Regeneration consists of sending high-power, controlled electrical pulses. Little by little, they will break the crystalline network of lead sulphate, where an ordinary charger is ineffective. The lead sulphate will again electrolyze into sulfuric acid and reconstitute the plates. The process will last from 24 hours for a car battery, to five to ten days for large industrial batteries of several tonnes. The battery regains its capacity as a young girl. It is said to be desulfated.

Regeneration is economical, ecological and clean

Invented by the French Gaston Planté in 1859, they have conquered the world ever since. 99% in tonnage of the batteries produced in the world are lead batteries. We all have at least one in our diesel or gasoline powered vehicle. The industry consumes a lot of it in its forklifts, to overcome power outages by inverters, to store solar energy and many other applications. Almost all of the lead used to make them comes from the recycling of old batteries, lead is a toxic metal, never get rid of a lead battery by throwing it in the wild.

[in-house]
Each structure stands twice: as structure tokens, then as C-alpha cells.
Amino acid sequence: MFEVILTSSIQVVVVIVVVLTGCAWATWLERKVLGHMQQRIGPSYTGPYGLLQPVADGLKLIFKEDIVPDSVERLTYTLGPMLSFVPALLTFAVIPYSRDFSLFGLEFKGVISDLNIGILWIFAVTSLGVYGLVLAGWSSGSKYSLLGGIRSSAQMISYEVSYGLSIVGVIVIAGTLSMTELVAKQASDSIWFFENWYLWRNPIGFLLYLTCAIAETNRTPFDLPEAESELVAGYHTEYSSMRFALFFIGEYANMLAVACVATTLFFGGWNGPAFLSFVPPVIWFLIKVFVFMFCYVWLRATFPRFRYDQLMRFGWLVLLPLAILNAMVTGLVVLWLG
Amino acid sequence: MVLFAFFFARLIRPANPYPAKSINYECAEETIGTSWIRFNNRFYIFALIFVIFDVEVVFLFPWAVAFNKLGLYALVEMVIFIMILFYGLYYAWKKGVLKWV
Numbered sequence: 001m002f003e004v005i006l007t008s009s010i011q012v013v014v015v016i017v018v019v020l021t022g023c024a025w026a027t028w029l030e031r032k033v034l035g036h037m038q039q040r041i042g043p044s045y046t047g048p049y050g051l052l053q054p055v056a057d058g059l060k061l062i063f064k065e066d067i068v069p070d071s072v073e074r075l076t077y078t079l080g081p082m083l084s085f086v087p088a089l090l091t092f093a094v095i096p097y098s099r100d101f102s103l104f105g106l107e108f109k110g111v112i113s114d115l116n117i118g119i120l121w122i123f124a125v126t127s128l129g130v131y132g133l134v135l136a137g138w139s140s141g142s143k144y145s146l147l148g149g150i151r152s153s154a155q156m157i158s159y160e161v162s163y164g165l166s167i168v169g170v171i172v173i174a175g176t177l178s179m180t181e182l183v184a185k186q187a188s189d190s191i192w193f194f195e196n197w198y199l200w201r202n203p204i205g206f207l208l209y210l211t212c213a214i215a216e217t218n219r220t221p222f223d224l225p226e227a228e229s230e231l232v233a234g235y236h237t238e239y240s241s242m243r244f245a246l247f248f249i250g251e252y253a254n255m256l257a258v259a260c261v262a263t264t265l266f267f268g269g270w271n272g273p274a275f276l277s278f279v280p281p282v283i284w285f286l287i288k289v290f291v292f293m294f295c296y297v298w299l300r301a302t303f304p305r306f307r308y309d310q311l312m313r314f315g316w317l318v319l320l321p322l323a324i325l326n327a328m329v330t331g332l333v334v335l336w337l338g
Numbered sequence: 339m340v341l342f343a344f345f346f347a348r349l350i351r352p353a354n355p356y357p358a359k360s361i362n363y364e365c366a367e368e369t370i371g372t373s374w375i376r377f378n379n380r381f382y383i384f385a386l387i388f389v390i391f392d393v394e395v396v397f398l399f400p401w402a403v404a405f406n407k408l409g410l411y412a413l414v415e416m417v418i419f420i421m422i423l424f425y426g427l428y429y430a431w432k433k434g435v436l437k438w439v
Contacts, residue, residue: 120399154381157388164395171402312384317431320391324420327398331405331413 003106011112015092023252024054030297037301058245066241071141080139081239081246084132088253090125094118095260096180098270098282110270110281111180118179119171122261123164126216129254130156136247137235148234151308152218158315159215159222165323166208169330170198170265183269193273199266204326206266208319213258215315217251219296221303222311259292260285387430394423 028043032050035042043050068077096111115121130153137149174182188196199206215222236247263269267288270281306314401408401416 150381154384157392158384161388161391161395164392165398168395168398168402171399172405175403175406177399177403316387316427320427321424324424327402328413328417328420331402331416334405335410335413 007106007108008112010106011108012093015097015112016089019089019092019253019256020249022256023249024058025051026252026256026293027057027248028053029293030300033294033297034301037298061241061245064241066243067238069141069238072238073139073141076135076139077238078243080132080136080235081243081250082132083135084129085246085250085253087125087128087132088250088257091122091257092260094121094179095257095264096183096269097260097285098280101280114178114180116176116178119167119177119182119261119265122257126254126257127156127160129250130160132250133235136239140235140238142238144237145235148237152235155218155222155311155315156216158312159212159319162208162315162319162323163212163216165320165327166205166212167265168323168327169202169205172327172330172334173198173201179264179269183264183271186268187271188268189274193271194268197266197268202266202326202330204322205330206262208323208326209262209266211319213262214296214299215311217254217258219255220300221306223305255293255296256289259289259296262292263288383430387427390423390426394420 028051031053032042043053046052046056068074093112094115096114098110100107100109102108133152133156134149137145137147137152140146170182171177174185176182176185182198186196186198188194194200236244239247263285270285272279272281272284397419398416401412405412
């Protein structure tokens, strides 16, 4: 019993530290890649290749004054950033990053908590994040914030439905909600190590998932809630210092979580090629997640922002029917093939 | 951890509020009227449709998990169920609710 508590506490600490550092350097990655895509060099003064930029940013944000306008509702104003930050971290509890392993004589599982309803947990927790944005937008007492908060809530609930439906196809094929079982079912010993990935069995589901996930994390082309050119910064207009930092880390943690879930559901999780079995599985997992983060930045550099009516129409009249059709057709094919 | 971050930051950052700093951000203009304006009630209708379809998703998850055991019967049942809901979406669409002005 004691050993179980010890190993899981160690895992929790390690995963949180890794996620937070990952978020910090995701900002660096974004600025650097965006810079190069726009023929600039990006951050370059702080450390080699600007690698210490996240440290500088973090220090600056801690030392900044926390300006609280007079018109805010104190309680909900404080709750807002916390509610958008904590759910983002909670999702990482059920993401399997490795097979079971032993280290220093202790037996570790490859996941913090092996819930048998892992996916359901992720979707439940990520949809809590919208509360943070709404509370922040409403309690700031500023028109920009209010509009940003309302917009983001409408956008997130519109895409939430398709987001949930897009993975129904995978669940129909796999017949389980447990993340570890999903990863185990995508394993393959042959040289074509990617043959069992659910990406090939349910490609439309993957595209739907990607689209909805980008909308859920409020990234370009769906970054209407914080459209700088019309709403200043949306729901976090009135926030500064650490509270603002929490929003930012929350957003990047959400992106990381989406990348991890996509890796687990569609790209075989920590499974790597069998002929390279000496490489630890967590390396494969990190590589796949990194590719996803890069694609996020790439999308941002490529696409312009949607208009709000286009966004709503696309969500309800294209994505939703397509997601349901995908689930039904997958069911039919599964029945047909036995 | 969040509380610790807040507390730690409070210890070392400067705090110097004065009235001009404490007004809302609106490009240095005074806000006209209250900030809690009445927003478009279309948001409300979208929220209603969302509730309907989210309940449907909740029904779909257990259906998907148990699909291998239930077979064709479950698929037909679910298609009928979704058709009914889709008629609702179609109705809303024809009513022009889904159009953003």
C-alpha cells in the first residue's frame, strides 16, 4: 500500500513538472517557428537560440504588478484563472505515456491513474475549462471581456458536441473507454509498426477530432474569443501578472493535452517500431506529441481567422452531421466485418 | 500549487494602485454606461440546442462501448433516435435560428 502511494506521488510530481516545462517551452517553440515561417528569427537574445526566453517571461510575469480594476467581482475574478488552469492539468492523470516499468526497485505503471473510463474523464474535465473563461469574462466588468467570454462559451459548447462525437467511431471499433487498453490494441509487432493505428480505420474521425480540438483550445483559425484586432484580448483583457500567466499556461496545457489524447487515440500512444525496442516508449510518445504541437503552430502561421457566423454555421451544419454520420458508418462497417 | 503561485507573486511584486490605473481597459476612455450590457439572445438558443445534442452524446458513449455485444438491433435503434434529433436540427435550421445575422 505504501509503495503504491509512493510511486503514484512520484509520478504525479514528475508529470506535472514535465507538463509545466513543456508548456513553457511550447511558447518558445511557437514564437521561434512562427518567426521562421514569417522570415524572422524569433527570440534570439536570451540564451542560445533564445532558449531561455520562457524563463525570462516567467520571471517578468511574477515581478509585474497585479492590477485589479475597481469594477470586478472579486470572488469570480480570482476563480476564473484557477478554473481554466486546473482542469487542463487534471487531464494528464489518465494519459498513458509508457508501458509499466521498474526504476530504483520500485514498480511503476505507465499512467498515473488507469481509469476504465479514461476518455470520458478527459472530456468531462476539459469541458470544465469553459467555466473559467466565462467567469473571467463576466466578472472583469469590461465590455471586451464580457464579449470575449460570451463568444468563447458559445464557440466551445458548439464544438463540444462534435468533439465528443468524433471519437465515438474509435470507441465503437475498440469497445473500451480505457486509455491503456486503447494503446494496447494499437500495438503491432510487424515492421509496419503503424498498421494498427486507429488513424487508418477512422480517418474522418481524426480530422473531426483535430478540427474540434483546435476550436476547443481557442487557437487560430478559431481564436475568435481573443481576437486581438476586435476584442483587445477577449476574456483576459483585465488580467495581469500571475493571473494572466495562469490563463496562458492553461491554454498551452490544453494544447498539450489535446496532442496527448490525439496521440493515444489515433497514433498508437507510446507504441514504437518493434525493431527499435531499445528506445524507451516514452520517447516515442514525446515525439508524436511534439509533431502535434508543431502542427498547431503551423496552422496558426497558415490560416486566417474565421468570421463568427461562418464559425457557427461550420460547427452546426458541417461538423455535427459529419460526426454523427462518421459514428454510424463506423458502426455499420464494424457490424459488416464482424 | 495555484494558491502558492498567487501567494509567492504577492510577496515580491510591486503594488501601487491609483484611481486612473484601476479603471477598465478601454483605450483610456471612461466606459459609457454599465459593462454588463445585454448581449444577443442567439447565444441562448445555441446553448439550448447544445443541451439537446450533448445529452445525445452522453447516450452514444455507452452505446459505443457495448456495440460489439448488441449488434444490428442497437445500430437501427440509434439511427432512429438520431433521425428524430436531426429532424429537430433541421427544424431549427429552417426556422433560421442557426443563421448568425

The nominal voltage of a lead-acid battery is 2 V (2.15 V for a fully charged battery). To obtain higher voltages, the 2 V elements are assembled in series (at the tail leu leu). Hence the name of battery, we should use the term battery of electric accumulators, but it is definitely the word of battery which was essential.

New technologies are emerging but are not ready to dethrone the old lead-acid battery which will remain queen for a long time in its field. Lithium batteries are five times more expensive and lithium is very scarce on our planet and very toxic. Cadmium nickel batteries are almost prohibited due to the toxicity of cadmium. NiMh batteries have a detestable memory effect that does not exist on the lead battery and a low number of charge-discharge cycles. Other technology will undoubtedly see the light of day, such as the lithium battery suffers and especially the Sodium-ion.